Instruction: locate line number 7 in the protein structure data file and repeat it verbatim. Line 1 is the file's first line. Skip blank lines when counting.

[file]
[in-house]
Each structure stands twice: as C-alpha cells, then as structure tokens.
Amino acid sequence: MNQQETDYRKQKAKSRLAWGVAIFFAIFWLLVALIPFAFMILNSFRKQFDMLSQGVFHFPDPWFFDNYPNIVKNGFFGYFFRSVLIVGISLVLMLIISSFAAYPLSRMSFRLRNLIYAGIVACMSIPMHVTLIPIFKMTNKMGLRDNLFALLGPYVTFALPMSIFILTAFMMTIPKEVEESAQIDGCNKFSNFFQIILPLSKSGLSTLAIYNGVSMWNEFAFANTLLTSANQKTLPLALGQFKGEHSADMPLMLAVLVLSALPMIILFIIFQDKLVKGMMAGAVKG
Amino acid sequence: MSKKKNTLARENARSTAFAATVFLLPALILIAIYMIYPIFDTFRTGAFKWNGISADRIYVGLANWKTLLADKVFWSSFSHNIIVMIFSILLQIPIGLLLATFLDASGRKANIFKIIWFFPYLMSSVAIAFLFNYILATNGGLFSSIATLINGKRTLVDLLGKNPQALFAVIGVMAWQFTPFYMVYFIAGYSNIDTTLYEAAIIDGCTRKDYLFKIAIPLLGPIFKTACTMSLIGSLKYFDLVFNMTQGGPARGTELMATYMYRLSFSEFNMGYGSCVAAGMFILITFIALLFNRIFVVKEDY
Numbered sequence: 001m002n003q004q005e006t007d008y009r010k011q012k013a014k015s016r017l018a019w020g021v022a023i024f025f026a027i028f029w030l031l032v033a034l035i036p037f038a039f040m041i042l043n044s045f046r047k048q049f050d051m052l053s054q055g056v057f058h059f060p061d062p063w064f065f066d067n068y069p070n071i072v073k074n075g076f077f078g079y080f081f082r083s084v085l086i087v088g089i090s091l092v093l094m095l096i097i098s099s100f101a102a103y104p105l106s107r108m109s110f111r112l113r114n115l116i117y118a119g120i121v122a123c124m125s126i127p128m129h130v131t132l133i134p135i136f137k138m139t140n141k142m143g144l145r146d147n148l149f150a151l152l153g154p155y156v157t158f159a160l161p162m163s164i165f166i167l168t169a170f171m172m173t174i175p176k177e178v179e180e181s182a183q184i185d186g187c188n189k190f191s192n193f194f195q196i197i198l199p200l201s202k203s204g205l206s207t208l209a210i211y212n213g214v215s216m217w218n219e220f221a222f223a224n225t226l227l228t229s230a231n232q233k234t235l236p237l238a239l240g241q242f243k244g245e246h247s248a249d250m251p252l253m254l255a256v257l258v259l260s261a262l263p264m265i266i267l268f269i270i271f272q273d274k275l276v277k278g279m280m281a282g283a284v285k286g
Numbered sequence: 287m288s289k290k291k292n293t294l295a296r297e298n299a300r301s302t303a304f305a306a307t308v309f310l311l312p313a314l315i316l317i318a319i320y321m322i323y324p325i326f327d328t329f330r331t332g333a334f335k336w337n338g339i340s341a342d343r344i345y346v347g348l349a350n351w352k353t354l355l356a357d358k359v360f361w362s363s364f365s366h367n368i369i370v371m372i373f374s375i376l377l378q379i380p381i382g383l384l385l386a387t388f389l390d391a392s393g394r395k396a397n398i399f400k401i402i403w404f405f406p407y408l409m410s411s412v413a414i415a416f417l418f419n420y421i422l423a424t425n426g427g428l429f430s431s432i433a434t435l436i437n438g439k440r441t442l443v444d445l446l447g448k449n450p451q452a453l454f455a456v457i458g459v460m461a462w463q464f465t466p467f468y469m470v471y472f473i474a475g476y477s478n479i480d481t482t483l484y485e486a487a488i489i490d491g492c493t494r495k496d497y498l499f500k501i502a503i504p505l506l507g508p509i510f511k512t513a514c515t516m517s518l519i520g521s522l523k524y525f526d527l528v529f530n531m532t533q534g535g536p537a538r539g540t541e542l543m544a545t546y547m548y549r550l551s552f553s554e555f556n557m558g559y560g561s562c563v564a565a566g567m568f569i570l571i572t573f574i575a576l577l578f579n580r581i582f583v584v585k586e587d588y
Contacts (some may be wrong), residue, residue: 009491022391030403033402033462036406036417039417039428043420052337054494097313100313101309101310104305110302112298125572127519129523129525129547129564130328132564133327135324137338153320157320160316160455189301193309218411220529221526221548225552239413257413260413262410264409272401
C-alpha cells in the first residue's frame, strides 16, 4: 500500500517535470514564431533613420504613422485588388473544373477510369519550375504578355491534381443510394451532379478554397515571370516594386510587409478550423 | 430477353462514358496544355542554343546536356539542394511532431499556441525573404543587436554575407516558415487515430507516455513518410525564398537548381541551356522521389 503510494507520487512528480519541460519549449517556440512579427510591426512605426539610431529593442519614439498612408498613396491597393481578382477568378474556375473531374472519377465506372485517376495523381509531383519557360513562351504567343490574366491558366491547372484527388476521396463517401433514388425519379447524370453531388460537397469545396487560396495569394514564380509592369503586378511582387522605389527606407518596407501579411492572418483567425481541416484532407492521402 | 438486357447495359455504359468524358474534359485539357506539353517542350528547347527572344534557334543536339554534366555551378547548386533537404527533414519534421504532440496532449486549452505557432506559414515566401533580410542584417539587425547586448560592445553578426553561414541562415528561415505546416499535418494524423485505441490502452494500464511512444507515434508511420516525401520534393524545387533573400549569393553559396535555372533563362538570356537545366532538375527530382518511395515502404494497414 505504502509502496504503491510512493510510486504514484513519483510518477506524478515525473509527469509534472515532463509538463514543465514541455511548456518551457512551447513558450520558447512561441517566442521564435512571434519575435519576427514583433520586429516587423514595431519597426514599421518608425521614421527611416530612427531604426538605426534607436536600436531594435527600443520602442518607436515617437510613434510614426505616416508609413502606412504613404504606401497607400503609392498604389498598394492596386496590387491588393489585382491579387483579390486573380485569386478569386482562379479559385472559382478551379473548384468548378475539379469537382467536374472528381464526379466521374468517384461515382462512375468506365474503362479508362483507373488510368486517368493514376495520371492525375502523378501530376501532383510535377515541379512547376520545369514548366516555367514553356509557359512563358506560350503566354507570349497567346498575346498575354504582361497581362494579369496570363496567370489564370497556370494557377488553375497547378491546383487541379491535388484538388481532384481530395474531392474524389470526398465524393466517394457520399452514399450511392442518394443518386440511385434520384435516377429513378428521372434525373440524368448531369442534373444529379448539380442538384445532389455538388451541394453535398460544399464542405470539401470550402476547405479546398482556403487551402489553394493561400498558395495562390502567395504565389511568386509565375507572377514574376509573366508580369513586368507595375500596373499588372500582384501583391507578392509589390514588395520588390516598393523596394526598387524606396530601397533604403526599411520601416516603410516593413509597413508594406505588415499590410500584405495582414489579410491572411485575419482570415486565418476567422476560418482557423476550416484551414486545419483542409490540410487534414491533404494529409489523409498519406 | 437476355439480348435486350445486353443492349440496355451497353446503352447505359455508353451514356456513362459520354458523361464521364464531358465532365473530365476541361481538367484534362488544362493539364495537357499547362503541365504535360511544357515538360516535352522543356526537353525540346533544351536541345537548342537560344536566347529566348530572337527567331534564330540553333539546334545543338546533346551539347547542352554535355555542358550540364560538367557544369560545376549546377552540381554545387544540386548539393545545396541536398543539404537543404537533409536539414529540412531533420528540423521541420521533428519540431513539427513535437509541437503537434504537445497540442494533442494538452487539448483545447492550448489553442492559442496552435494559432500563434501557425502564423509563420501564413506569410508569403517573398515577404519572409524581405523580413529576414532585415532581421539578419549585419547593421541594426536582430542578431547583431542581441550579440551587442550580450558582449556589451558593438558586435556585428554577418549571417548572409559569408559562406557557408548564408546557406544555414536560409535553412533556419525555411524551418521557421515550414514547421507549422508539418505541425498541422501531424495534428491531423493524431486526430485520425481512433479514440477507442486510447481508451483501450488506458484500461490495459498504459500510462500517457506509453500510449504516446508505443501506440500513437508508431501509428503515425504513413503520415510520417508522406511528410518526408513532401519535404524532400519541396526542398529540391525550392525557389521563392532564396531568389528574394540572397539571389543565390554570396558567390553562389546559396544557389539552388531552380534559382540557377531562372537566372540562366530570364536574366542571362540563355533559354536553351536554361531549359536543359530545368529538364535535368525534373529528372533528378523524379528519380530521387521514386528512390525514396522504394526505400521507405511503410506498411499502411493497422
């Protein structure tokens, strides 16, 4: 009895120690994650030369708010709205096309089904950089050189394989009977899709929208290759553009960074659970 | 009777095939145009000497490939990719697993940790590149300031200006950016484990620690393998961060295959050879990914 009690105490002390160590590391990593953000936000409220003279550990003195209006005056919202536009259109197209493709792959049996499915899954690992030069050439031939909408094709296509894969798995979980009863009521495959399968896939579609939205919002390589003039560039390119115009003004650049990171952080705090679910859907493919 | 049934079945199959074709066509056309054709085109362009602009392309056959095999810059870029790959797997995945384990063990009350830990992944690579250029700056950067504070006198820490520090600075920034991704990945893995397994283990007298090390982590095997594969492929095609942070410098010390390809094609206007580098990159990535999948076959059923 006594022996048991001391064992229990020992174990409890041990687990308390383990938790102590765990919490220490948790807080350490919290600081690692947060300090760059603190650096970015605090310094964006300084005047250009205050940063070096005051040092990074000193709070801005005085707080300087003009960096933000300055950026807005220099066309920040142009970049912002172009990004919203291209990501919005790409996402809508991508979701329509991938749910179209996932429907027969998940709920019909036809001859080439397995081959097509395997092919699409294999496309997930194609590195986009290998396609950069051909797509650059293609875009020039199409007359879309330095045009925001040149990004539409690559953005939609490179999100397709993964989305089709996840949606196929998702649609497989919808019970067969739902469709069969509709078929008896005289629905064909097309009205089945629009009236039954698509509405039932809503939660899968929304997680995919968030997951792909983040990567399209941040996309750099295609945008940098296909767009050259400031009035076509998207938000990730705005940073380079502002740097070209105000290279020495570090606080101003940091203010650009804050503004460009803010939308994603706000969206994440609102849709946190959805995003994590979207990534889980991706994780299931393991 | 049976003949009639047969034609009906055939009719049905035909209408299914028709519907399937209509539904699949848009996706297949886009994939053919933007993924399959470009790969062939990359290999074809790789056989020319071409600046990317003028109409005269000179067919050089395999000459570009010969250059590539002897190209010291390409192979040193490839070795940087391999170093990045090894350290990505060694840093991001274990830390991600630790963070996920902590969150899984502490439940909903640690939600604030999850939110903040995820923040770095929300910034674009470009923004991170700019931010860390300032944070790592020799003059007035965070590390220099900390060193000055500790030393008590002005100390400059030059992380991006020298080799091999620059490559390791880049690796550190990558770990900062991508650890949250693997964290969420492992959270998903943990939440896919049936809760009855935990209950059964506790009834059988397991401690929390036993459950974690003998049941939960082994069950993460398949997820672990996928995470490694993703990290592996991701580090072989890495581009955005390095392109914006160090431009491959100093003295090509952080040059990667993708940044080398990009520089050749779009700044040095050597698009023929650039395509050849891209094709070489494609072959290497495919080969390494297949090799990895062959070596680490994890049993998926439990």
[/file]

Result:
Contacts (some may be wrong), residue, residue: 009491022391030403033402033462036406036417039417039428043420052337054494097313100313101309101310104305110302112298125572127519129523129525129547129564130328132564133327135324137338153320157320160316160455189301193309218411220529221526221548225552239413257413260413262410264409272401